Jane Boram has been a fixture at the Nashville AIDS Walk for three decades. The retired mental health counselor and pastor has walked every year, even while receiving radiation treatment for breast cancer in 2016.
And yes: She'll be back tomorrow for the 30th anniversary of the AIDS Walk, organized by Nashville CARES.
- This year's walk is virtual, with separate groups walking their own routes through the city. Boram and friends are starting at Christ Church Cathedral before weaving through downtown.
Why it matters: The AIDS Walk is a major fundraiser for Nashville CARES, a nonprofit that provides education and support to those who live with HIV or are at risk of getting it.
- Last year, the organization served more than 50,000 people in Middle Tennessee, including 10,000 free and confidential HIV tests.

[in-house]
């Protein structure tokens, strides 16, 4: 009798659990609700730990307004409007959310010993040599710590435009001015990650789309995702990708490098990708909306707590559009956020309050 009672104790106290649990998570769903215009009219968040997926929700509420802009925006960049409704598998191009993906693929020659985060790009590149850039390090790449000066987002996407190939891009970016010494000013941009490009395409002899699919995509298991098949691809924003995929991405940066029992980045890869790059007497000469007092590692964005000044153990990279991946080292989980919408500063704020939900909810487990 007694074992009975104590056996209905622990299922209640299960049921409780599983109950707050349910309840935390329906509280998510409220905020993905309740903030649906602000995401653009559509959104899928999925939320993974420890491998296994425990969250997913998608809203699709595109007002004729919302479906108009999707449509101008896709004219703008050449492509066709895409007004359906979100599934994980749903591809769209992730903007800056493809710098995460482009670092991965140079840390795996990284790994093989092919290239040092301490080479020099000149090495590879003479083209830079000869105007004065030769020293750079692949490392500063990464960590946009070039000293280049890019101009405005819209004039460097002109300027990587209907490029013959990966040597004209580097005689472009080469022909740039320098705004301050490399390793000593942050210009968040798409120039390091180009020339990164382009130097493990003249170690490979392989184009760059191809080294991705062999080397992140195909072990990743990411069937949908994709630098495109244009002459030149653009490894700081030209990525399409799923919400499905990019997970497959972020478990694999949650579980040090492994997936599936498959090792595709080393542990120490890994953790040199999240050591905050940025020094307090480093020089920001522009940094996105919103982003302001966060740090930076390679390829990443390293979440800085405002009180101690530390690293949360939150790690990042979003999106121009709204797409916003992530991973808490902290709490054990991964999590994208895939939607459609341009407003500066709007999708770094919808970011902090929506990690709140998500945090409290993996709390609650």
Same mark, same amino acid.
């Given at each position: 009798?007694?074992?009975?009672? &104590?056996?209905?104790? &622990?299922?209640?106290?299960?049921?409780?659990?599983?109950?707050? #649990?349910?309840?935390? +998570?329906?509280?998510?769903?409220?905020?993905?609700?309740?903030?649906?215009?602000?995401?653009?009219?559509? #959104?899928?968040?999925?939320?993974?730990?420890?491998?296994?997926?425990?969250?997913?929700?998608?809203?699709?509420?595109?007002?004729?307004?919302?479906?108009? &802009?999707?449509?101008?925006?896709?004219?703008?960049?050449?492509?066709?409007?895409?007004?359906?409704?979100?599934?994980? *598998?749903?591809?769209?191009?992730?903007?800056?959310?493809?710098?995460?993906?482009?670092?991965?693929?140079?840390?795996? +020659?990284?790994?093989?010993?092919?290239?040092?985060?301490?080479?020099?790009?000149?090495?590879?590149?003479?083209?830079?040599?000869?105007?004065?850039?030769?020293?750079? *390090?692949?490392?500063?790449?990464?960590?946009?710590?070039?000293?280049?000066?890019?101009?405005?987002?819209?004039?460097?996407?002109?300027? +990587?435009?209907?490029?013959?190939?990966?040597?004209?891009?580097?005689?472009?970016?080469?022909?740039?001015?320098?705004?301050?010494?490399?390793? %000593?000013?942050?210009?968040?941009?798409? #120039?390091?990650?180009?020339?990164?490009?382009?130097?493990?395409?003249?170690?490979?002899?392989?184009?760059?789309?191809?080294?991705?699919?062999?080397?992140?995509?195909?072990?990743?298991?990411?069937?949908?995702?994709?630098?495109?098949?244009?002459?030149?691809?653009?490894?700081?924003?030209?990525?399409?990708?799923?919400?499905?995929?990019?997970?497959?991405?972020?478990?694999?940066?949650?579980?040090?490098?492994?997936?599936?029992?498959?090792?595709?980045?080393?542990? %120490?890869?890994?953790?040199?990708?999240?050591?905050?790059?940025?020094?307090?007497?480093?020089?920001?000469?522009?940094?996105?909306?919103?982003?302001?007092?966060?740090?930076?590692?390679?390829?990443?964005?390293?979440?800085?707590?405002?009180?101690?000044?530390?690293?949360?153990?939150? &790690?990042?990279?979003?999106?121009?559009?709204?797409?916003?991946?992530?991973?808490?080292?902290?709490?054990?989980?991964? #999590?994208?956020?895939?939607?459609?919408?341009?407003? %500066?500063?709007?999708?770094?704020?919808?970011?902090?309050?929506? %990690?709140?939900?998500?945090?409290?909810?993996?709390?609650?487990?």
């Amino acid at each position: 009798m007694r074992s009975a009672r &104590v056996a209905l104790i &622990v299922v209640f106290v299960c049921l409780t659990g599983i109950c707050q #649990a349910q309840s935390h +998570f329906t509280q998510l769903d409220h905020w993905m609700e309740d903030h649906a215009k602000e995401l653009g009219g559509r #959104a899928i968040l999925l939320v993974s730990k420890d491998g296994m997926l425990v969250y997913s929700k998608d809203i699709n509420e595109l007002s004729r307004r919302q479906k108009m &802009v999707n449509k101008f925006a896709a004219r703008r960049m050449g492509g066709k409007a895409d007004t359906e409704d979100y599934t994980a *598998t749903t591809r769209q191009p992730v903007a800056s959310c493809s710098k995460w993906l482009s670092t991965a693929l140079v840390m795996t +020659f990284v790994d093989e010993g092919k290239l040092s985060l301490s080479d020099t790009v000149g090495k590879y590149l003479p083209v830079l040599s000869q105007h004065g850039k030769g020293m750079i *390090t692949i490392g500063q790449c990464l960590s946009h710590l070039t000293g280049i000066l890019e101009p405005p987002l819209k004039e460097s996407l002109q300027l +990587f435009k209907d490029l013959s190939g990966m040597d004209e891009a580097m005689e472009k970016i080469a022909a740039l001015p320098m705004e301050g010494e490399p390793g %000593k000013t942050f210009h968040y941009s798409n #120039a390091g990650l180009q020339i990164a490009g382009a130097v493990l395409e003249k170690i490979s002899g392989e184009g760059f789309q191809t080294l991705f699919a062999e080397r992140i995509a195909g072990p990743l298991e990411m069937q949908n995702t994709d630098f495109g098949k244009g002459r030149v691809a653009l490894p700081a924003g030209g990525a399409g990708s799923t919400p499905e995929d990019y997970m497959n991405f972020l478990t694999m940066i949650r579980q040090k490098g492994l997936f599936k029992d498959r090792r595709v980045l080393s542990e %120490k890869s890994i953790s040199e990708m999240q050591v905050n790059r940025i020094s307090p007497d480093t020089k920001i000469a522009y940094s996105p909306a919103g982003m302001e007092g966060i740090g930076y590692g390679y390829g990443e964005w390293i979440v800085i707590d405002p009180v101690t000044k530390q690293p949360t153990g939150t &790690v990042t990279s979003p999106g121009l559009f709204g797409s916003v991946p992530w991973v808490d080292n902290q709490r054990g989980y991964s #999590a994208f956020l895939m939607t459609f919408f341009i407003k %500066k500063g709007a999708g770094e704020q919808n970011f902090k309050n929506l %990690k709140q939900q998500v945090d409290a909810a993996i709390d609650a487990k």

- This year, CARES hopes to raise $200,000 through the walk and a corresponding virtual festival that includes entertainment and giveaways.
What she's saying: "Part of my doing this so long is I'm stubborn," Boram told Axios. "When you're fighting for people's justice, their own personal justice, that becomes so passionate.
- "You can't let go of it. It becomes part of who you are."
Between the lines: Boram started working with CARES in the 1990s, and served as a buddy for a man living with AIDS.
- She became a family friend, sitting with his mother and walking with him through Shelby Park before he died.
- Boram still thinks of him when it's time for another walk, but says she's heartened by a new generation of allies working to destigmatize the disease.
- "That gives me a sense of joy and peace," she said. "It's like a big flock. You just keep adding more sheep."
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